• Yeah, I saw your recent post to module-authors (?). I don't mind RT per se, but's slowness, plus some other issues*, make it a big pain.

        * Some examples
        1. can't easily get a listing of all bugs for all my queues
        2. can't shut off wildly-spammy email interface
        3. logins are way, way too short-lived (compounds slowness)
        4. public/private URL for bug makes redirection after login hateful

        I'd love to see these fixed. I once offered to sponsor having them fixed, but the answer I got was something like, "No one shou

  • I'd vote for such a grant, should somebody apply for one.

    Additionally, YAPC::Europe 2007 left with quite a lot of money, which will go back to various Perlish things. We're currently working on the details, but the Perl community can expect some cash in the near future - and putting some of it into a faster would be a good idea!
  • So, the last time someone complained about's performance, I dropped in some new logging. And actually caught a bogus query that had some Serious performance implications. A quick index fixed it right up. And we've been watching the logs since then. Of the last 25,000 page loads, 95+% have rendered fully to the browser in under two seconds. What I need to know (and a journal post isn't the right place for this. mail to would be much better) is 1) What was slow. What page
    • Here's what I am seeing right now. Loading page [] took 3.584 seconds according to FasterFox, but the in page time reads 'Time to display: 0.181015'. My ping time to is about 90 ms.

      My search for bugs on Apache::Dispatch [] took 7.67 seconds according to fasterfox, and page time reads 'Time to display: 5.985952'. My search for bugs on mechanize []

    • One example for me...

      Resolving a bug, with comment.

      Time to load, around 20+ seconds.

      Time page says it took, 3.5 seconds.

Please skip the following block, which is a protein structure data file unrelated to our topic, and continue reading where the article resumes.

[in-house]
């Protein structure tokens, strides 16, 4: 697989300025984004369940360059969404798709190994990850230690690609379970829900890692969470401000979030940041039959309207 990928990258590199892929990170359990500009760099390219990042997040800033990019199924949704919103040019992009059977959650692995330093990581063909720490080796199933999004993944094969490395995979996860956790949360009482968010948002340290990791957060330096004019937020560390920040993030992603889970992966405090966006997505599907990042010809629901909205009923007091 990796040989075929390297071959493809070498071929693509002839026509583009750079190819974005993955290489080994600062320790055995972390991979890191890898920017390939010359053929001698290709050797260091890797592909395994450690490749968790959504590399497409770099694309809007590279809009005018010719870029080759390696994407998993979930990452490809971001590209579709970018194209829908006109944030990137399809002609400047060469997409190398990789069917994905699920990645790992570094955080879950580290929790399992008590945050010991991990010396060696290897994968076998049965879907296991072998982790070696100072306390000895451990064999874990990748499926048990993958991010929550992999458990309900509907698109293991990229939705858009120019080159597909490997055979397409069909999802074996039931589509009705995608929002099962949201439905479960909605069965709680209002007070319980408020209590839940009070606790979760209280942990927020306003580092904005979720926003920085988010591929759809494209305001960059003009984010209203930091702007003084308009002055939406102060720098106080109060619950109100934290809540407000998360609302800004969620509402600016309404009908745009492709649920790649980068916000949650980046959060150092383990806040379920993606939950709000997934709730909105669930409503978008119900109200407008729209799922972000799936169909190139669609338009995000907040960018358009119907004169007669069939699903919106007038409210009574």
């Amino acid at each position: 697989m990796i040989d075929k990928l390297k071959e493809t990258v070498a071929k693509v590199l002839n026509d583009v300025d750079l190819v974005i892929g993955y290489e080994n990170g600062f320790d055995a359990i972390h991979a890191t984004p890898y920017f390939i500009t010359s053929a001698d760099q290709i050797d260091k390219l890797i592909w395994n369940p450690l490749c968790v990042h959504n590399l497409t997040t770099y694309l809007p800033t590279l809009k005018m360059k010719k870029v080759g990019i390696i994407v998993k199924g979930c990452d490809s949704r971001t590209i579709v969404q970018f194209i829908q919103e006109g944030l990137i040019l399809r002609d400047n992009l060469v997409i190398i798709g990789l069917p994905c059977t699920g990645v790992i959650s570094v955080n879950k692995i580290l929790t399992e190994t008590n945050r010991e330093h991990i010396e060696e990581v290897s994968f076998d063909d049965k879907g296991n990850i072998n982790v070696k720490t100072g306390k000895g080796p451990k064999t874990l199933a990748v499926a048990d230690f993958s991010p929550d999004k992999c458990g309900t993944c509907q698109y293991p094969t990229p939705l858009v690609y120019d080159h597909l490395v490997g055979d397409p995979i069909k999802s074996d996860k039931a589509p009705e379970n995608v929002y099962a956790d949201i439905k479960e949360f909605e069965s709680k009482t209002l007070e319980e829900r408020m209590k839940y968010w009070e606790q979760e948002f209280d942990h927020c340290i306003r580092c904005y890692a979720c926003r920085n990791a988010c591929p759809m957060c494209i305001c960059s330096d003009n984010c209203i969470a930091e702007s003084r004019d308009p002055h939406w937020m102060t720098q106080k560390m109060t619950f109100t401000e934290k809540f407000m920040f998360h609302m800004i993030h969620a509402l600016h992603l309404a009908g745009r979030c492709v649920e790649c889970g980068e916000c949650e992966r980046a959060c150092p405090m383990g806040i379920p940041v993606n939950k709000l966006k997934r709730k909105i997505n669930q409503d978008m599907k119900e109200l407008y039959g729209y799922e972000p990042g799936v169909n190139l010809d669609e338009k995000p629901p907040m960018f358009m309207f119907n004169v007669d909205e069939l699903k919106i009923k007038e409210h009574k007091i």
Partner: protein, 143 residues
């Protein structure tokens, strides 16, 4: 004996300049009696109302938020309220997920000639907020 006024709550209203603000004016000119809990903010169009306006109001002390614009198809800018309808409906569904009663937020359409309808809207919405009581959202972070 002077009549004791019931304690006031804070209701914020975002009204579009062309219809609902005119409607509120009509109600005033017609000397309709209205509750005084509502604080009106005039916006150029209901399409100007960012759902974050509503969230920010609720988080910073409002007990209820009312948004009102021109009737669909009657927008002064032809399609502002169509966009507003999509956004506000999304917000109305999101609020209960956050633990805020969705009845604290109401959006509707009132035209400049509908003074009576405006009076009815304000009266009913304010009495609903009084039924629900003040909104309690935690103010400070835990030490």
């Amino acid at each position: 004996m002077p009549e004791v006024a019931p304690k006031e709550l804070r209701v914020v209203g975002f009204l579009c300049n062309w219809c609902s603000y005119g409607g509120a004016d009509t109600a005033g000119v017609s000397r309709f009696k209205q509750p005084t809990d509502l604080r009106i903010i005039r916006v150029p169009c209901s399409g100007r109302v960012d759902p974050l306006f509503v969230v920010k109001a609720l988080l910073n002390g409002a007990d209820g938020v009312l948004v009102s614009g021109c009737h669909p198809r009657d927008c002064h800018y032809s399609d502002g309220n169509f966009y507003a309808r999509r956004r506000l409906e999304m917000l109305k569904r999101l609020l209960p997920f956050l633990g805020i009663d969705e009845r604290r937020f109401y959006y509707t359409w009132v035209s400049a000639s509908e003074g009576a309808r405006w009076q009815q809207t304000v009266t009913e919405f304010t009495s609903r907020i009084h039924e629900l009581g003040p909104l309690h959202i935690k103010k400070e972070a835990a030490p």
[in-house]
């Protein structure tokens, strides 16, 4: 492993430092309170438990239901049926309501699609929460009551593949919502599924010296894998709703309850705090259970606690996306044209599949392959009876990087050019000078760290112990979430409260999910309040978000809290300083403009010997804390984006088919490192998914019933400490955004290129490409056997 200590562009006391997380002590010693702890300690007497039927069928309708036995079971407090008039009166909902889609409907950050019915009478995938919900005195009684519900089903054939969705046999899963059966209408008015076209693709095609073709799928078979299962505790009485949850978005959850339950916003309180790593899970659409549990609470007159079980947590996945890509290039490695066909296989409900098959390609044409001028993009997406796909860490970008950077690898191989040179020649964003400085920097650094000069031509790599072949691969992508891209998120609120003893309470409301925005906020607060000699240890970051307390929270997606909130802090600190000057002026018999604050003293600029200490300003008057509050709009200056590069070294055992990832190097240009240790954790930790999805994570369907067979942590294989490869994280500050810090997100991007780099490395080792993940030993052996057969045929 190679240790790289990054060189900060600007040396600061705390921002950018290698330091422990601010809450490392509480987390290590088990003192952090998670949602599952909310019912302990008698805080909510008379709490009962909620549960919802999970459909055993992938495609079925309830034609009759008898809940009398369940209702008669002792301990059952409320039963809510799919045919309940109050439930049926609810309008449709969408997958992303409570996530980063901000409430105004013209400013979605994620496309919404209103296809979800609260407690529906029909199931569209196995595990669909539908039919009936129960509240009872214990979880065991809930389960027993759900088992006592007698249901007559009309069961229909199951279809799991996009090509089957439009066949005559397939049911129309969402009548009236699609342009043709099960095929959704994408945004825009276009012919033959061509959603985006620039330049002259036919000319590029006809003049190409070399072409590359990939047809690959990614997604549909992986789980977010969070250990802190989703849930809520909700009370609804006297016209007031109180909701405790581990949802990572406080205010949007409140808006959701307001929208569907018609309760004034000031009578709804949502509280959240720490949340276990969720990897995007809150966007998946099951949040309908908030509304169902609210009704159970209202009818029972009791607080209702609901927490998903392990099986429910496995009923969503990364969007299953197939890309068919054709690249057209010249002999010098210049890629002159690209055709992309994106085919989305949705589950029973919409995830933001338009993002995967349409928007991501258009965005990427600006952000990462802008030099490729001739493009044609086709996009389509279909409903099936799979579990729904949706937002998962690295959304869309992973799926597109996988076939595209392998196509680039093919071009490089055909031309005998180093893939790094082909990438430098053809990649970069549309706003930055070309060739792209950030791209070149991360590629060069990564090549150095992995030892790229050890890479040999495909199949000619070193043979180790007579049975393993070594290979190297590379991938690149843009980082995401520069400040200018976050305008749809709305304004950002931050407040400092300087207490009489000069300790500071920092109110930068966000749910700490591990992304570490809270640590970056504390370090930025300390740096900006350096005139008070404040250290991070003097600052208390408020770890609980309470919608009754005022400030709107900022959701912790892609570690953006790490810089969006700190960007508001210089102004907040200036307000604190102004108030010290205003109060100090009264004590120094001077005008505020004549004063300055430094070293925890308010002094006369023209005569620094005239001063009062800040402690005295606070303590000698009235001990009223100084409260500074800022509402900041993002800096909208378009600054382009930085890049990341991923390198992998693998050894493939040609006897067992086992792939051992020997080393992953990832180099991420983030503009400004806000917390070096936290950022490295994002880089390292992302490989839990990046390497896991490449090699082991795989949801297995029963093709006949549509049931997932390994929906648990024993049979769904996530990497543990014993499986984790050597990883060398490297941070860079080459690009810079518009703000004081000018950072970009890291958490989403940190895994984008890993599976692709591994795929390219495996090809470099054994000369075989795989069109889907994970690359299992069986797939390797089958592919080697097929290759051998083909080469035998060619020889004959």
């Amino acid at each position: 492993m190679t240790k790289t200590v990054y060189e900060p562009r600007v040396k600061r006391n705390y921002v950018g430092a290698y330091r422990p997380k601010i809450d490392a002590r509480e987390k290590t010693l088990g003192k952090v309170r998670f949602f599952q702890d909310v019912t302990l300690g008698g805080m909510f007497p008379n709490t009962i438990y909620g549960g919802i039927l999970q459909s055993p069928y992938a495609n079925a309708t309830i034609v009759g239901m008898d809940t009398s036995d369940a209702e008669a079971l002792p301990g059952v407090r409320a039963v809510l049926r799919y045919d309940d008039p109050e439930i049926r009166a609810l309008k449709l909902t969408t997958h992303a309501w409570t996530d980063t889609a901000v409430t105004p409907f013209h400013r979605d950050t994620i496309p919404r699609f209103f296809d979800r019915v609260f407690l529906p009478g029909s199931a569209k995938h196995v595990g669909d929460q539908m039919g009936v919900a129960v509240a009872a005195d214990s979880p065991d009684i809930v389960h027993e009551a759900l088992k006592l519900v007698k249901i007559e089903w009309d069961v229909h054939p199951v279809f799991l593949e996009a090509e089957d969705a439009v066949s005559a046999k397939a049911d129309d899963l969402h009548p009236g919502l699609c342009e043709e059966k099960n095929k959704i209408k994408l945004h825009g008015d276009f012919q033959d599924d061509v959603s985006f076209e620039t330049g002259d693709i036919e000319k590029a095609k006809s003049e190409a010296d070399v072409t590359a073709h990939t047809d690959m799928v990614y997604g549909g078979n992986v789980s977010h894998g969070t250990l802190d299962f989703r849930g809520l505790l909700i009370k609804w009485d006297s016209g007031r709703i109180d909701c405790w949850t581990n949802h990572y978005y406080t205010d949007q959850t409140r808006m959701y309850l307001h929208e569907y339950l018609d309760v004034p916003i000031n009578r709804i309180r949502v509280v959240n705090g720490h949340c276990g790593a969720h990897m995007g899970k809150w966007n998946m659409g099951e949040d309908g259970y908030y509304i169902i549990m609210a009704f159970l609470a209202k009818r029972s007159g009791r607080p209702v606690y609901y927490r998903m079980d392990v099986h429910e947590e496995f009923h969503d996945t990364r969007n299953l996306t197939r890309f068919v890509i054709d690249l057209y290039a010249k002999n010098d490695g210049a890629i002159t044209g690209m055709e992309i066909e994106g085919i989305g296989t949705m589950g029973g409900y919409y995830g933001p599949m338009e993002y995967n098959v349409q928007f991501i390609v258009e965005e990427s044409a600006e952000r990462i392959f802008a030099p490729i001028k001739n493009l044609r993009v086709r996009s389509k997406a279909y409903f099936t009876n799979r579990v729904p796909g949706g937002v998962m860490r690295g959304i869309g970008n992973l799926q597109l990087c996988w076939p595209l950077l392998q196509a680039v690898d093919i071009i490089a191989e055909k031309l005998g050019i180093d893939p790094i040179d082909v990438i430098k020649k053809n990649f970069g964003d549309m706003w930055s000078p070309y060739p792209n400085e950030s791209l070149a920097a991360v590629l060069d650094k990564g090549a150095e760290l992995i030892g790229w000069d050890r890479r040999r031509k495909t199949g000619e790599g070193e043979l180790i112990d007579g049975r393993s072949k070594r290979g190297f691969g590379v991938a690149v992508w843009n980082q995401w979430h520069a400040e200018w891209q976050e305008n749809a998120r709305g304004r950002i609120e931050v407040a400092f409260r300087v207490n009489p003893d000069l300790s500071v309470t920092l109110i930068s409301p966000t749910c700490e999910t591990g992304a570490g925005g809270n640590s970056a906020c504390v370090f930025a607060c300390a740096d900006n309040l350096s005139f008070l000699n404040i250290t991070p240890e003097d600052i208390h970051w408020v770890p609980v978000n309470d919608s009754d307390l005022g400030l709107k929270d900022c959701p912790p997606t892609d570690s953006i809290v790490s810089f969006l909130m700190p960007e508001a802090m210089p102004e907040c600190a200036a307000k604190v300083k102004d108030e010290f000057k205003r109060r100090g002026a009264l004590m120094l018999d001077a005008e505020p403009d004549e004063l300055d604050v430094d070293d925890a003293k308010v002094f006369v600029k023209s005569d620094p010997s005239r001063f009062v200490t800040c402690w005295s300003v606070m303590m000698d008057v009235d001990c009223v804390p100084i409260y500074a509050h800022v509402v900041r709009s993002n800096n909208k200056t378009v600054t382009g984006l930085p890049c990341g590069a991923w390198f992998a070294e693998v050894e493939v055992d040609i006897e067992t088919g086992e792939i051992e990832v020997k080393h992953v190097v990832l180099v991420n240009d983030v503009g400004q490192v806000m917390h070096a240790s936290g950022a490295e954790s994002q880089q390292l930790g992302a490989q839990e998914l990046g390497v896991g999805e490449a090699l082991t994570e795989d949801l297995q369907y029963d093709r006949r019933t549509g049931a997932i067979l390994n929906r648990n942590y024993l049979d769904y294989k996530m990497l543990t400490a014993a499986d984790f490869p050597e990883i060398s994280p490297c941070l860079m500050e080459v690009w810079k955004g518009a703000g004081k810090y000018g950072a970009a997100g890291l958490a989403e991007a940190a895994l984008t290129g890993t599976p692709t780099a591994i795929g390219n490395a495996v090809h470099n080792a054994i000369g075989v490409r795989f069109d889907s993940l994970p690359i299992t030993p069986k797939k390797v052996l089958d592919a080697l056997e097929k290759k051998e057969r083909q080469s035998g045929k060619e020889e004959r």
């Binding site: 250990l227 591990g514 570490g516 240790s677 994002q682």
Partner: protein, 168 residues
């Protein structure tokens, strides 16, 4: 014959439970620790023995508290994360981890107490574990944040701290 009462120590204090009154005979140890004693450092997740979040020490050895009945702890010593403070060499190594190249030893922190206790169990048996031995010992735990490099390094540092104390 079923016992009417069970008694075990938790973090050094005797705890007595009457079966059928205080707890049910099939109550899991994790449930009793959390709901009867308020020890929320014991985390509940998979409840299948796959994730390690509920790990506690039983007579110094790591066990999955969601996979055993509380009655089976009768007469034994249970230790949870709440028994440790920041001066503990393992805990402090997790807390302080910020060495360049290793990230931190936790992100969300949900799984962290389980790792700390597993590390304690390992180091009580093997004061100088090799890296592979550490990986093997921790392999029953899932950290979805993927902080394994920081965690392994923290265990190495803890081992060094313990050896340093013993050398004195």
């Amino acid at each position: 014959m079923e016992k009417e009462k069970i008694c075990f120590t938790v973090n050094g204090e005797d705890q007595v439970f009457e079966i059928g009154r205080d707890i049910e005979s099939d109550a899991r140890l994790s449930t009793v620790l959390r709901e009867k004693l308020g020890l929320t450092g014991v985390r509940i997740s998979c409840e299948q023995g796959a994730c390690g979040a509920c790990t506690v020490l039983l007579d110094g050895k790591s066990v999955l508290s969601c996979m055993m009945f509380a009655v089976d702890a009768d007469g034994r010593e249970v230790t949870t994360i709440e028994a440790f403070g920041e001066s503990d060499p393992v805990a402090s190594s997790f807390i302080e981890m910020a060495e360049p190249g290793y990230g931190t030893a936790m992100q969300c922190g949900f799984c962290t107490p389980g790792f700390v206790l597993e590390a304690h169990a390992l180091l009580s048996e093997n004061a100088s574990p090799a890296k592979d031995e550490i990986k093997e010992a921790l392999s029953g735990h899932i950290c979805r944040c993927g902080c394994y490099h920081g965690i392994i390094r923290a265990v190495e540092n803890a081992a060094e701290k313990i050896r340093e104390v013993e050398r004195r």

• Adam,

        You're a developer. You _know_ how to report bugs. (You also have tools like YSlow and Firebug which can give you real numbers)


        1) what IP are you coming from
        2) What URL were you starting from.
        3) What URL did you end up at?
        4) how long did one of the aforementioned tools tell you it took?
        5) What _exact_ time did it happen at?

        What you gave me is basically no better than "it's slow. and lied to me." - Which isn't much to work with.
        • I was in a hurry :)

          Point me at the RT queue for and I'll file it properly.
          • The cpan-questions address on the front page of the site will log it in the right place.

            I have a minion with a whole slew of tasks related to fixing up the source for publication and fixing a couple of the worst _known_ performance issues over the next couple weeks. When we do that, we'll be able to cpan rt.cpan and move bug tracking to rt.cpan. ;)
            • I've been sending stuff to that address, and apart from a short period after the most recent upgrade, they fall into the bit bucket and I never know what state they are in after an initial "thanks for the message" response.

              Is the queue actually visible somewhere?

              • FYI, I'm following along and if it turns out that hardware is part of the problem, TPF will do what we can to fix things. As it is, it appears Jesse is on the case and has a few things to try before we buy new hardware.